Alcides Escobar enters the day with a .277 batting average, .335 on-base percentage and .699 OPS. That may not knock anyone’s socks off, but it’s still the most productive the veteran infielder has been at the plate in a long time.
Escobar, who didn’t play in the big leagues in 2019 or 2020 and only joined the Nationals in July after the club suffered a sudden rash of injuries to its infielders, hasn’t owned a batting average this high since 2014, when he was a mainstay in a Royals lineup that went all the way to Game 7 of the World Series. He’s never sported an on-base percentage this high in a career that began in 2008 with the Brewers.
What gives? How did a 34-year-old never known for his bat suddenly become a better hitter three years after last playing in the majors? Manager Davey Martinez attributes Escobar’s success to two factors, one a slight mechanical switch, the other a mental approach.
The mechanical switch: Escobar has stopped tilting his head when he bats, providing better vision of each pitch.
“When you see a guy like that, it’s hard to see the ball with two eyes,” Martinez said Friday during his pregame Zoom session with reporters. “So I talk a lot to him about getting his head up, so he can stay on top of the baseball a little better. And he seemed to like that. It gives him a little more time.”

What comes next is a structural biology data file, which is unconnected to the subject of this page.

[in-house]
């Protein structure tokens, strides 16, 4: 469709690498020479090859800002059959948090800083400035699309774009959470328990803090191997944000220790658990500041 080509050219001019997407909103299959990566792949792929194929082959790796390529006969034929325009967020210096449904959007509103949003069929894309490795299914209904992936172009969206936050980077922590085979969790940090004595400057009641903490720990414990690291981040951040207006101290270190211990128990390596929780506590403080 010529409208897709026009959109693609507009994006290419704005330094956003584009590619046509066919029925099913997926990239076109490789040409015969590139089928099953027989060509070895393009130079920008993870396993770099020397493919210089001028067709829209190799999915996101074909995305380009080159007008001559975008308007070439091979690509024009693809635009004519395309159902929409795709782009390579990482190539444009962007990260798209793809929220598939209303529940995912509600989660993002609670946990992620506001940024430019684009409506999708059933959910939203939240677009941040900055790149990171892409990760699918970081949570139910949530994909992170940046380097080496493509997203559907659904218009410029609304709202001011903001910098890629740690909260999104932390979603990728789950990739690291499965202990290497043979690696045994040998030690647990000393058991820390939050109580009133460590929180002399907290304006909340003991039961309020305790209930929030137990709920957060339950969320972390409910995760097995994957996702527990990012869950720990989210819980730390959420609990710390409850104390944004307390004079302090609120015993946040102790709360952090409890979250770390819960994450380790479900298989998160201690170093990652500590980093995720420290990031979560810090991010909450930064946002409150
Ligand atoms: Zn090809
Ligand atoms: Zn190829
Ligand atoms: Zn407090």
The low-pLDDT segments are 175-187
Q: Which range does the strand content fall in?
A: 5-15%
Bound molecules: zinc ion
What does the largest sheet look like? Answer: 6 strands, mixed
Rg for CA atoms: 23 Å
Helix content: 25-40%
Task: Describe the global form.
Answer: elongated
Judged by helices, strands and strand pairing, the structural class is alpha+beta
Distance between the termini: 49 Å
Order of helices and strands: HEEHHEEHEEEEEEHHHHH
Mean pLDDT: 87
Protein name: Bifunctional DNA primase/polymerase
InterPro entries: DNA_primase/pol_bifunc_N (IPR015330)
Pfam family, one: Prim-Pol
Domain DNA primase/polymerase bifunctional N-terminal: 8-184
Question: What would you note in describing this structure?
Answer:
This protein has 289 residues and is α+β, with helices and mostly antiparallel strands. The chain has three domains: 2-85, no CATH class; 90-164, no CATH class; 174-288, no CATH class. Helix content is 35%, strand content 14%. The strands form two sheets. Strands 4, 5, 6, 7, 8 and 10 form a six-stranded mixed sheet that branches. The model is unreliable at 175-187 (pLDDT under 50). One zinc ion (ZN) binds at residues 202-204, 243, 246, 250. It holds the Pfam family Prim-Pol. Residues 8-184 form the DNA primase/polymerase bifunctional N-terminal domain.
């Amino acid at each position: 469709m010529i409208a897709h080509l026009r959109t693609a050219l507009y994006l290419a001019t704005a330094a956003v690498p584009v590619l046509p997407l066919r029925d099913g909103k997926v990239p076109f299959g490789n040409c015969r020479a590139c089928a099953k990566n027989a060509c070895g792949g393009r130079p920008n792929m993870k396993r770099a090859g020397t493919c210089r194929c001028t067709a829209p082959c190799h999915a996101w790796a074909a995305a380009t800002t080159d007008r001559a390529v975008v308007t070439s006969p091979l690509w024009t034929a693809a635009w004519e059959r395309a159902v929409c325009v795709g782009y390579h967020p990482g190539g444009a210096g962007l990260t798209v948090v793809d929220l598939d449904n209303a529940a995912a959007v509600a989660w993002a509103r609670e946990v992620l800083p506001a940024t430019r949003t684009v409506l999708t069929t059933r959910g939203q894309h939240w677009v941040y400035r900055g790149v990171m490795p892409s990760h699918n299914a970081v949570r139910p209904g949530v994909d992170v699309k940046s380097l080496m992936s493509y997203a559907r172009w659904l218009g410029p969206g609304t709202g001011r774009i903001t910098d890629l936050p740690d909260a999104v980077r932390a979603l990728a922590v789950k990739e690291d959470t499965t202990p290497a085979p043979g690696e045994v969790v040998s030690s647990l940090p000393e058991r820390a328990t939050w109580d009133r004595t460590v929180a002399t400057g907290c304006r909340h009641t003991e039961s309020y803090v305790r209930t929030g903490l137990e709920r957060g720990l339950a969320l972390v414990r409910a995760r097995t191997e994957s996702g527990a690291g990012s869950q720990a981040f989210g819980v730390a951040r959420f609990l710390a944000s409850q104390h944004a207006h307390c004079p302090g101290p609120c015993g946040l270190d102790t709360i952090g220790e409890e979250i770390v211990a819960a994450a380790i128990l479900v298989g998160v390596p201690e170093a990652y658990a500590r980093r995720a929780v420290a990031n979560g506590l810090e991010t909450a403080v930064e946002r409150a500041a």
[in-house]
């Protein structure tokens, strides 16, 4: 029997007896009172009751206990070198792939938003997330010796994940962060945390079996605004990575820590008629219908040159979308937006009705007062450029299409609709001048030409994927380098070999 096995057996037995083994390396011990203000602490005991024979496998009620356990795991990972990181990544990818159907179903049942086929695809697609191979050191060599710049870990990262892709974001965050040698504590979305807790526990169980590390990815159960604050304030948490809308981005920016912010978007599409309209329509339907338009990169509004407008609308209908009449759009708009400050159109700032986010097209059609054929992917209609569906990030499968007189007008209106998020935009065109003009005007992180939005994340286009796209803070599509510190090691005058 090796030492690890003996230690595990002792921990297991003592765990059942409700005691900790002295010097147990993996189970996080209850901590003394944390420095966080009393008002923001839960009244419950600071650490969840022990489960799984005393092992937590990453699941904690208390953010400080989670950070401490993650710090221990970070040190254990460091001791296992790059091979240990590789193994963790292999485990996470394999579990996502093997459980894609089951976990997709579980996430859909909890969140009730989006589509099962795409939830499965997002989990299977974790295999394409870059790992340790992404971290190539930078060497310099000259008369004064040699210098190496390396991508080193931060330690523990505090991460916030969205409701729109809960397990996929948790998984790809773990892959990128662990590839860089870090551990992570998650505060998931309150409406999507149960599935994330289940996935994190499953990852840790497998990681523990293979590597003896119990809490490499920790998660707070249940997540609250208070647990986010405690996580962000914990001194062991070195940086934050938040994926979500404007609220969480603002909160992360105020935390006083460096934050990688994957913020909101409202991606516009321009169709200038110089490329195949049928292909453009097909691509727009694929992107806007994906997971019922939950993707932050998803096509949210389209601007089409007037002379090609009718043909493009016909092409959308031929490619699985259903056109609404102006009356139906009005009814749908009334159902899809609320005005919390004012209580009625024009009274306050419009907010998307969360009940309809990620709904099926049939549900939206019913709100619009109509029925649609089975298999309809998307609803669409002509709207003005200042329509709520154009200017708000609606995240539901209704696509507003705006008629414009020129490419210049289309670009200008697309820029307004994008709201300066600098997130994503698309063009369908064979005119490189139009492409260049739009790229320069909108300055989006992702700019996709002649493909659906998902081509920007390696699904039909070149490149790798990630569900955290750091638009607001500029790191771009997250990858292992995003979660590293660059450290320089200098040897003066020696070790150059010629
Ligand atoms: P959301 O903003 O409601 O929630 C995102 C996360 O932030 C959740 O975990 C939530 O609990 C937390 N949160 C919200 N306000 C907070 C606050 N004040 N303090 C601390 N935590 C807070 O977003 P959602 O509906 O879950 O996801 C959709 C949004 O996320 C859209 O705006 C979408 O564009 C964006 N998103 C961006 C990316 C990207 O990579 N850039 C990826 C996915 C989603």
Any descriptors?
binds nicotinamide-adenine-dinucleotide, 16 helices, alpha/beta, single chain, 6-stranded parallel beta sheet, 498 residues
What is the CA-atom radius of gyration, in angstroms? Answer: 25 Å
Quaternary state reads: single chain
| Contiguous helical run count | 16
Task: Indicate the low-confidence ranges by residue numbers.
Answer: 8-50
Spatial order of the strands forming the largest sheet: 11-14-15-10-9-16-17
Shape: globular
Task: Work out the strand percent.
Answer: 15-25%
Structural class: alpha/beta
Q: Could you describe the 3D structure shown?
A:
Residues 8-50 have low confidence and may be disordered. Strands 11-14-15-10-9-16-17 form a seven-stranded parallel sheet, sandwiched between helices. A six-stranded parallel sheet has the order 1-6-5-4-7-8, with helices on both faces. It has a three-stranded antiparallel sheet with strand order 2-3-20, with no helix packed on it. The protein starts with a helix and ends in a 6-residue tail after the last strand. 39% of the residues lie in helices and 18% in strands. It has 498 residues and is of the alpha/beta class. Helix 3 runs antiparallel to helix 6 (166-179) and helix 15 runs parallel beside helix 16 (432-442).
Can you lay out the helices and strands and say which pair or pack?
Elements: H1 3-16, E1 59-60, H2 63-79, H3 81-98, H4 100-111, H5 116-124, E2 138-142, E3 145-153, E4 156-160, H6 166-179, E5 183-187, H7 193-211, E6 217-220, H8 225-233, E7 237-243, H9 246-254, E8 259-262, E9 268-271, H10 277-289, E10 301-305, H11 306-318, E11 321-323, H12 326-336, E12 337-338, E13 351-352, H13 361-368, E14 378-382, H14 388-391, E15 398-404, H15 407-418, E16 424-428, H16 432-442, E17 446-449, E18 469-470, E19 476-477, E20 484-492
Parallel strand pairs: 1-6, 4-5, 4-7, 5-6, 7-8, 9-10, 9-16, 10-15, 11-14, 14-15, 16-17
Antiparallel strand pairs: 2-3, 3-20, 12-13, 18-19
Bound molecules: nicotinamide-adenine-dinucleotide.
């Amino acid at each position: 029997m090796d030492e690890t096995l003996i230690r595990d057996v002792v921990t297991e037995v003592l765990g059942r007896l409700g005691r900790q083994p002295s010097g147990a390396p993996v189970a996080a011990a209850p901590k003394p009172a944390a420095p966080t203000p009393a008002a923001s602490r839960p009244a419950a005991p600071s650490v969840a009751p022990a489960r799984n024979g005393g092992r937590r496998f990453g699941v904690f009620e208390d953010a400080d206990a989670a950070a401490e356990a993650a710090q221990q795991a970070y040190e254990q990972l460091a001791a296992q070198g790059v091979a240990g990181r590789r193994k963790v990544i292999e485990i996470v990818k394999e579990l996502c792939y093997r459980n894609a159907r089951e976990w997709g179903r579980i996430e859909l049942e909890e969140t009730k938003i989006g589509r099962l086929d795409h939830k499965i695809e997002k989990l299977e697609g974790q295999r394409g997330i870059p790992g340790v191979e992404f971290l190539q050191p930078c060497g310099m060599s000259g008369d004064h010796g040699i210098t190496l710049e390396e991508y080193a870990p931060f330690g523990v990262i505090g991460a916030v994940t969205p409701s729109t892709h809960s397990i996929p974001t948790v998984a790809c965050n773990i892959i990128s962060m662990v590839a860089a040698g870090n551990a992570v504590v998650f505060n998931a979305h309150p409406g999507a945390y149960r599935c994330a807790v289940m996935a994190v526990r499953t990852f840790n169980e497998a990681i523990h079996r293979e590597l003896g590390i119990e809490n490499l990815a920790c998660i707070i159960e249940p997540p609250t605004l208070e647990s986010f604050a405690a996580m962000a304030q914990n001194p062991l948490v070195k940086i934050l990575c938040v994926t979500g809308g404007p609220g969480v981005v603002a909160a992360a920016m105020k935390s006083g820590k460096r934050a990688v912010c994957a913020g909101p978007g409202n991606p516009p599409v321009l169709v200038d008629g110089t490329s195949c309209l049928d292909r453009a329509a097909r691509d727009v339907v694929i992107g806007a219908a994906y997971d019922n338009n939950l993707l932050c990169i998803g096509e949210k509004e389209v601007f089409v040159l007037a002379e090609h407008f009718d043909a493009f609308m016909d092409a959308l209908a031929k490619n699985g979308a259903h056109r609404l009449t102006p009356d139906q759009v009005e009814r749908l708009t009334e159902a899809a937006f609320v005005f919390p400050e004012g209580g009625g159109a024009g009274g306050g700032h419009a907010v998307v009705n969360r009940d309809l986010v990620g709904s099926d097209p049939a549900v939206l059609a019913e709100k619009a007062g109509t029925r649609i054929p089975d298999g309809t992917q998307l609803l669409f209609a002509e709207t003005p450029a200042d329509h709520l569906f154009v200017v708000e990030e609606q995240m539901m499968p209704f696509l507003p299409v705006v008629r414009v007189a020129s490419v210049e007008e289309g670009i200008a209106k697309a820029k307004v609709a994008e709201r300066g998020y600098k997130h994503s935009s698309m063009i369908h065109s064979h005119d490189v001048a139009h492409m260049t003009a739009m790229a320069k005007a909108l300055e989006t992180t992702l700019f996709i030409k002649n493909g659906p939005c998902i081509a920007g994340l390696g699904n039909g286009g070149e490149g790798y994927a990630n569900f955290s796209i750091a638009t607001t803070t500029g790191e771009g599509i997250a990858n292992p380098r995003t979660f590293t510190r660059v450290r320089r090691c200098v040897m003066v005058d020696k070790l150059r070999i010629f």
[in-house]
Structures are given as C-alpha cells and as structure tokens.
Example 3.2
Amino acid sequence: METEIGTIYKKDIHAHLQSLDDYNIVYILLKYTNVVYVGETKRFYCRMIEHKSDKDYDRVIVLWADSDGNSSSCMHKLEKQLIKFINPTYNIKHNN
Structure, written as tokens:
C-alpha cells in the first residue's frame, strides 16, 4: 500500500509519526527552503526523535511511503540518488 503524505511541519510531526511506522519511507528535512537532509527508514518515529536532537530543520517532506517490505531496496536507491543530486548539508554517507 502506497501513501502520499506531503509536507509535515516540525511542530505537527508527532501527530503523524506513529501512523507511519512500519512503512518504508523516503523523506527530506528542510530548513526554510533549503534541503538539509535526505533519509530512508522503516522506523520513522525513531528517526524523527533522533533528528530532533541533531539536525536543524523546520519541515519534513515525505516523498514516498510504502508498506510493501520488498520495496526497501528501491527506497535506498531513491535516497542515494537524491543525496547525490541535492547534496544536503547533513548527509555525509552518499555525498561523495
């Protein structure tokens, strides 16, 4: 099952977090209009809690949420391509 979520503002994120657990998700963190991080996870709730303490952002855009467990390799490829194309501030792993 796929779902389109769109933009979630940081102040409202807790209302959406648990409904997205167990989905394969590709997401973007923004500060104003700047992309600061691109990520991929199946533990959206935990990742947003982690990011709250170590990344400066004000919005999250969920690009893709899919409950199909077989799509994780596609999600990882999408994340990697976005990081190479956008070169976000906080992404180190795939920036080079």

The mental approach: After a year playing for the White Sox’s Triple-A affiliate, then a year playing in Japan, then half a season playing for the Royals’ Triple-A club, Escobar is reinvigorated playing in the majors again, even if it’s for a rebuilding Nationals team.
“Honestly, he’s having fun,” Martinez said. “He’s enjoying the game. He’s getting an opportunity to play in the big leagues again, which is great for him. He’s such an unbelievable person to be around. The guy’s always cheerful. He’s always excited to play.”
It may not seem like much, and Escobar has hardly made up for the production the Nationals lost when they traded away Trea Turner and Josh Harrison, but his presence has made a difference for a club that needs all the veteran influence it can get to help guide young infielders like Luis García and Carter Kieboom as they learn how to play at this level.
“It’s been awesome,” Martinez said. “I watch their conversations in between innings, how he tries to talk to them about it and gives them his professional opinion on what should’ve transpired if something went wrong, or what needs to happen next time. He’s been really good. He talks to Luis about handling the ball around second base, turning double plays, about throws from the catcher, how to position himself. He’s been really awesome with these guys.”
Which only leaves you wondering if there might still be a place for Escobar on the Nationals’ 2022 roster.
It’s still awfully early in the process, and the Nationals haven’t begun to sort through their offseason plan quite yet, but Escobar’s ability to play multiple positions at an affordable cost could make him valuable for another season.
“Absolutely. I think this guy could be very important, especially when he can play third, shortstop, second base and even play the outfield,” Martinez said. “Offensively, he’s doing well. And if he can continue to do that the rest of the year, play the way he’s playing, I can’t see why (we wouldn’t want him back). It’ll be a conversation we definitely have at the end of the season about possibly bringing him back here. His attitude’s been tremendous. He’ll do anything. He’ll hit anywhere. Do anything you ask him to do.”